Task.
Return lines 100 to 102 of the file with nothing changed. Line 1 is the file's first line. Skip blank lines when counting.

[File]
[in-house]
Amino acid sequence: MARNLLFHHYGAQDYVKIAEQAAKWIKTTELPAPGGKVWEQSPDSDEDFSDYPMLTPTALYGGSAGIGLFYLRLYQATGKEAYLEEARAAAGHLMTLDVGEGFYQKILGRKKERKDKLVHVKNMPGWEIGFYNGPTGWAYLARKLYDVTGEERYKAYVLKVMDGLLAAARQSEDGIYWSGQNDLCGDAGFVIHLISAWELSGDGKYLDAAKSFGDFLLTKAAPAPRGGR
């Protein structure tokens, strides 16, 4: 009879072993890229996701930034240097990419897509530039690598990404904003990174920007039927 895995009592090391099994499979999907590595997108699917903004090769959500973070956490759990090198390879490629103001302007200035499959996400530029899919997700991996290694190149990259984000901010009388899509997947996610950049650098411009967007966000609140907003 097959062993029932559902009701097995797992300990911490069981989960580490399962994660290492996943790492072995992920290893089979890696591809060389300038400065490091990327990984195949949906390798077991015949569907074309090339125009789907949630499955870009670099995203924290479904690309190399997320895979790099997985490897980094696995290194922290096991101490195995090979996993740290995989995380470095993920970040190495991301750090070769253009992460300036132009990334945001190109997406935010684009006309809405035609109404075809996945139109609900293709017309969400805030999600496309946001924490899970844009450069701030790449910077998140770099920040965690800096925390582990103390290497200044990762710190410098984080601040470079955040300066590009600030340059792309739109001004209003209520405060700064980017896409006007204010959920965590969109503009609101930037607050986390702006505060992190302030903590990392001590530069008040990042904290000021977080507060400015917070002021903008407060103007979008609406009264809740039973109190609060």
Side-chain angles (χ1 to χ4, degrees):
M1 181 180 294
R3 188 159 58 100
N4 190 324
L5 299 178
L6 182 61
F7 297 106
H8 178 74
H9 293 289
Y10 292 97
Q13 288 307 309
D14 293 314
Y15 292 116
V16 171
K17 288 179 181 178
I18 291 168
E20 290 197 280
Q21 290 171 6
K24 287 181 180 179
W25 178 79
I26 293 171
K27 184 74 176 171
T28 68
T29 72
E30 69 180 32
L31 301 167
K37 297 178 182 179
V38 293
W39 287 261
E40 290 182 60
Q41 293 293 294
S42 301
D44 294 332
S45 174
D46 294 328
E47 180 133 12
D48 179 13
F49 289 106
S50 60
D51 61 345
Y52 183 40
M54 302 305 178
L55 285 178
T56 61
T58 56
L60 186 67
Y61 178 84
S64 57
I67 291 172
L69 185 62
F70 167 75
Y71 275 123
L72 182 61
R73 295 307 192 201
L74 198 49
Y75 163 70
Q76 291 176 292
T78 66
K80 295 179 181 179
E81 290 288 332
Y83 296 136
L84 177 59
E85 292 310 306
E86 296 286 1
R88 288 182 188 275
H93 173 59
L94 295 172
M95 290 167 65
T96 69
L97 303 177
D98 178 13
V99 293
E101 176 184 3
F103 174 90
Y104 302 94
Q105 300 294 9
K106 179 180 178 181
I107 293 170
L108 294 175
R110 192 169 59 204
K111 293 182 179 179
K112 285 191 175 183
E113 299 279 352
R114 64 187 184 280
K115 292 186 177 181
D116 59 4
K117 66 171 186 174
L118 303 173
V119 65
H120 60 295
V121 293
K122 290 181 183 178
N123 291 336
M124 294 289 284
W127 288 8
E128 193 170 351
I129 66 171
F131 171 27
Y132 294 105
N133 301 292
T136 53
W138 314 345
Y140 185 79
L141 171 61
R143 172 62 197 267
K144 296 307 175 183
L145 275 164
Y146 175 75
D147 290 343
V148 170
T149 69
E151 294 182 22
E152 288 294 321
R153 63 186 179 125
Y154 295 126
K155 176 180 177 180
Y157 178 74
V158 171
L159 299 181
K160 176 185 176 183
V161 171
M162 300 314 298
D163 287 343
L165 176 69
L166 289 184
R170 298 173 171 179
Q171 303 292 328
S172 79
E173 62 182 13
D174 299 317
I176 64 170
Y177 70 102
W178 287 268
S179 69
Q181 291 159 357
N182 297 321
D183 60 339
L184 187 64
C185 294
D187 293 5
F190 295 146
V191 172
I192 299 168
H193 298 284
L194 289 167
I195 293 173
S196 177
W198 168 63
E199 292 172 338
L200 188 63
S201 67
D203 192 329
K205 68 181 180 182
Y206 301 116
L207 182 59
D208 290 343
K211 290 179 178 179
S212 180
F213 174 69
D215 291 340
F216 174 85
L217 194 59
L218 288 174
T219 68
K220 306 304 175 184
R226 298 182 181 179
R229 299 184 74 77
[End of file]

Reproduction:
I129 66 171
F131 171 27
Y132 294 105